The second option is to go with SHIMANO 105 FC-R7000 Crankset. This one comes with a CNC-machined crank arm and spider.
It uses Hollowtech II technology for the arms, which is lightweight and stiff. It has a built-in Chain Spotter on both sides of the arm so you can shift without any issues.
You can use it with your road bike, where you’re using the 11-speed version of Shimano Ultegra.
If you’re using an older version, you can simply buy the speed adapter, so you keep upgrading your bike over time.
What Is The Best Crankset For A Mountain Bike?
Before going out and choosing a crankset, you need to figure out what type of riding you will be doing.
Cranksets are offered in many different variations depending on whether you want to go fast or climb the steepest hill.
There are single chainring cranksets, double chainring cranksets, and triple chainring cranksets.
A good crankset for a mountain bike will be strong enough to withstand the hard riding that it will endure while you’re riding on trails.
If you’re headed out on hill climbs or to conquer an enormous mountain, then a triple chainring crankset is best for you.
Triple chainring cranksets are usually found on hardtail mountain bikes because they give riders the option to choose from different gears depending on the terrain.
Some of the best cranksets for a mountain bike include the following:
1. Shimano ALTUS CHAINSET FC-M311-L
The ALTUS CHAINSET FC-M311-L model is one of Shimano’s most popular MTB cranksets. It is inexpensive yet highly effective with its forged aluminum alloy arms and steel bolts.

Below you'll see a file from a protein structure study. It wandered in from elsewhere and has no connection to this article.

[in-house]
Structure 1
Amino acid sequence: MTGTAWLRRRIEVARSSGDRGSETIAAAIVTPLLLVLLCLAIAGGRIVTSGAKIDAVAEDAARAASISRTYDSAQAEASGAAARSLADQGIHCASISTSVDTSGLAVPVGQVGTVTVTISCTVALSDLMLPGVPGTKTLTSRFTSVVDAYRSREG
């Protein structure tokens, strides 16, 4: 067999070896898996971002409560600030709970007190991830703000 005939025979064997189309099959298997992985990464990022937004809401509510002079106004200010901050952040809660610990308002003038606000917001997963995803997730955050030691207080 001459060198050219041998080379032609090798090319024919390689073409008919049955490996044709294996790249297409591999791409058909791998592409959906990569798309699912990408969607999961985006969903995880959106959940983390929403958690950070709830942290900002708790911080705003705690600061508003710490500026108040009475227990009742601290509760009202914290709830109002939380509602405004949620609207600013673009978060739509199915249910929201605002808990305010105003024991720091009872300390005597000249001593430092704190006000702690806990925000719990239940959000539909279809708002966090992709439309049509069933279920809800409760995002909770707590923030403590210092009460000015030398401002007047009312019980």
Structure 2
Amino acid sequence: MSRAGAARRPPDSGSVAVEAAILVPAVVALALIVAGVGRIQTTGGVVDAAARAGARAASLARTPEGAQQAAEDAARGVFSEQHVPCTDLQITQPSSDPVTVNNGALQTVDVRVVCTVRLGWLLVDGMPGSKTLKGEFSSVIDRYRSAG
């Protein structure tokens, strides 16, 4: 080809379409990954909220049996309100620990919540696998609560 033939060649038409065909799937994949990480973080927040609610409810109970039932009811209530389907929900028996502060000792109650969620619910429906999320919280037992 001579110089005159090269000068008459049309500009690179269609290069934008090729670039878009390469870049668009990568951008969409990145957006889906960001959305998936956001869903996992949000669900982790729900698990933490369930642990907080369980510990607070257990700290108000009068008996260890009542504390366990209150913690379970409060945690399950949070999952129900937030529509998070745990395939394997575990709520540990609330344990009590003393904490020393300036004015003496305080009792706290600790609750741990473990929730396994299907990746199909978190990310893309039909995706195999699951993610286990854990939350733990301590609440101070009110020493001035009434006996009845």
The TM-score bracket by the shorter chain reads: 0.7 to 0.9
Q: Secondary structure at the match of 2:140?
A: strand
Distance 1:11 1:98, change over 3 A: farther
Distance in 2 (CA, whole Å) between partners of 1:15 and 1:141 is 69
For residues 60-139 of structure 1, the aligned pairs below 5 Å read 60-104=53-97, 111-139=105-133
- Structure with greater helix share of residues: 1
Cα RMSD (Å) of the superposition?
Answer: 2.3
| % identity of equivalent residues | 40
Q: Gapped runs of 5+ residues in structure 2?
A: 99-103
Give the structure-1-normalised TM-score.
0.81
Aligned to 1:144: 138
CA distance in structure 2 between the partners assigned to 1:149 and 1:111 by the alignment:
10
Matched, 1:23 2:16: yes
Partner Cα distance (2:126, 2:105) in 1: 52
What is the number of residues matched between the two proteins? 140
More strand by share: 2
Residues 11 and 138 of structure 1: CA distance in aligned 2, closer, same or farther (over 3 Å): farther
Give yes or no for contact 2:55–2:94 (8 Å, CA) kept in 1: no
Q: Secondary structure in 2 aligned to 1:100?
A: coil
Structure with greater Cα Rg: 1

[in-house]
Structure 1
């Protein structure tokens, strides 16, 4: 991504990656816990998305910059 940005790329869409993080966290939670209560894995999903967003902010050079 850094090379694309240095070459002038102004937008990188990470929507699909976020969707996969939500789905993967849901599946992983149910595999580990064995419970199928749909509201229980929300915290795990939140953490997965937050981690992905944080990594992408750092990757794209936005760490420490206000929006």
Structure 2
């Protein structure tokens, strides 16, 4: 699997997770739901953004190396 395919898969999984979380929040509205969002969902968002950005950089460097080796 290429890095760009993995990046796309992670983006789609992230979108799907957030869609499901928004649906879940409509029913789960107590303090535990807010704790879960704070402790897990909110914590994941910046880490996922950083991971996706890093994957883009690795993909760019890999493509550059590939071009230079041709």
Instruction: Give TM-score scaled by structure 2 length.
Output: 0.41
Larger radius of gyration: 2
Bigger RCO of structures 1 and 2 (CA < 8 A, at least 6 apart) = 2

2. SRAM S600 Crankset
This crankset comes with 42/32/22 chainrings, so you can easily customize your gear ratios to fit your riding style. SRAM S600 Crankset’s classic square-taper design provides the perfect balance of lightweight and strength.
Can I Use A MTB Crankset On A Road Bike?
Mountain bike cranksets aren’t compatible with road bike bottom brackets, except for the square taper BB. The problem is that the crank arm length and pedal threading are different.
A road bike pedal will only attach to a mountain bike crank if it has a quill, which most newer cranks don’t have.
Even older road pedals won’t work with a mountain crankset because of its larger diameter bottom bracket spindle and longer spindles in the arms.
All the same, by installing an MTB bottom bracket to a road bike frame, it is possible to install a mountain bike crankset on-road bike frame.
Frequently Asked Questions (Mountain Bike Vs Road Bike Crankset)
1. Are Longer Crank Arms Better?